Noninvasive diagnostic methods in environmental medicine: effect monitoring using stable isotopes
Article first published online: 6 OCT 2000
Copyright © 1999 John Wiley & Sons, Ltd.
Journal of Environmental Medicine
Volume 1, Issue 3, pages 113–117, July/September 1999
How to Cite
Krumbiegel, P. and Herbarth, O. (1999), Noninvasive diagnostic methods in environmental medicine: effect monitoring using stable isotopes. J. Environ. Med., 1: 113–117. doi: 10.1002/1099-1301(199907/09)1:3<113::AID-JEM26>3.0.CO;2-8
- Issue published online: 1 NOV 2000
- Article first published online: 6 OCT 2000
- Manuscript Accepted: 20 MAR 2000
- Manuscript Received: 8 OCT 1999
- effect monitoring;
- noninvasive diagnostic methods;
- stable isotopes
Experience of using two stable-isotope-based effect biomarkers is briefly reviewed. New in vivo methods were developed, adopted, validated and used in an effort to meet the desired standards for early effect monitoring methods in environmental medicine and epidemiology, i.e. they should be noninvasive, non-distressing, simple and readily accepted by voluntary test persons, as well as very sensitive and reliable. Certain tests based on stable isotopes may fulfill these requirements. The specific advantages of using stable isotopes are the minimization of the diagnostic drug dose, and the unequivocal recovery of the labelled diagnostic compound and its metabolites from among their unlabelled endogenous forms in the body. Particular interest is focused on: (1) The measurement of liver detoxification capacity using the [13C]methacetin breath test and the [15N]methacetin urine test; (2) The estimation of antral Helicobacter pylori colonization using the [13C]urea breath test and the [15N]urea urine test.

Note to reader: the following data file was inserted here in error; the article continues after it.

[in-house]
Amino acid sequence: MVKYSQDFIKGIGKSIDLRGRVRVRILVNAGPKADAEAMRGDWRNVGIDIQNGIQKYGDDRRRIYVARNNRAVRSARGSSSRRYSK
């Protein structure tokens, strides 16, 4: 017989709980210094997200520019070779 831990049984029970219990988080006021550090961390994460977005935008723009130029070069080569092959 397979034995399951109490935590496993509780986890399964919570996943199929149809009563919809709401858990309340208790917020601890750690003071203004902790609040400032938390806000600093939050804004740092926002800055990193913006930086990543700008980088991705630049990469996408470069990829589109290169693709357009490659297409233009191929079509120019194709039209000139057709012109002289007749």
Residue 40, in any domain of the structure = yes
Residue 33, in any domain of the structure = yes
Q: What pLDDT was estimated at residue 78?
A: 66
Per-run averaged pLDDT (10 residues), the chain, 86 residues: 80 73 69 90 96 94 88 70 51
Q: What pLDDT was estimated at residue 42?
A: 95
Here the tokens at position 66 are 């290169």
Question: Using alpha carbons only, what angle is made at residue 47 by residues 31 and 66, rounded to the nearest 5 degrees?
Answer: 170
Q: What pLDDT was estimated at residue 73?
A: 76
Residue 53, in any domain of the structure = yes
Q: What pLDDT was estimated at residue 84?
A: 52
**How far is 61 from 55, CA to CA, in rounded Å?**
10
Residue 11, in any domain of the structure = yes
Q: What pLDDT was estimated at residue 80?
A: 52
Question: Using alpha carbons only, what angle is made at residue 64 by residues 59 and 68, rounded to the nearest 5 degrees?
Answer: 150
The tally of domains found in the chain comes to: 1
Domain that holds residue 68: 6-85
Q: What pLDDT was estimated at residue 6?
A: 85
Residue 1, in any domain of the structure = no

The methods were used in a number of environmental–epidemiological studies with defined groups of children, including: Preschool children (n = 130) living near disused industrial plants and waste dumps (methacetin tests); School beginners (n = 3347) suspected of H. pylori colonization (urea tests).
Although both tests provided accurate results in the studies and individual environmental–medical diagnosis, it was found that 13C breath test results were less reliable than the corresponding 15N urine test results if the test person was physically active during the test period. Therefore, 15N urine tests should be preferred whenever monitoring investigations based on stable isotopes are undertaken among young children. Copyright © 1999 John Wiley & Sons, Ltd.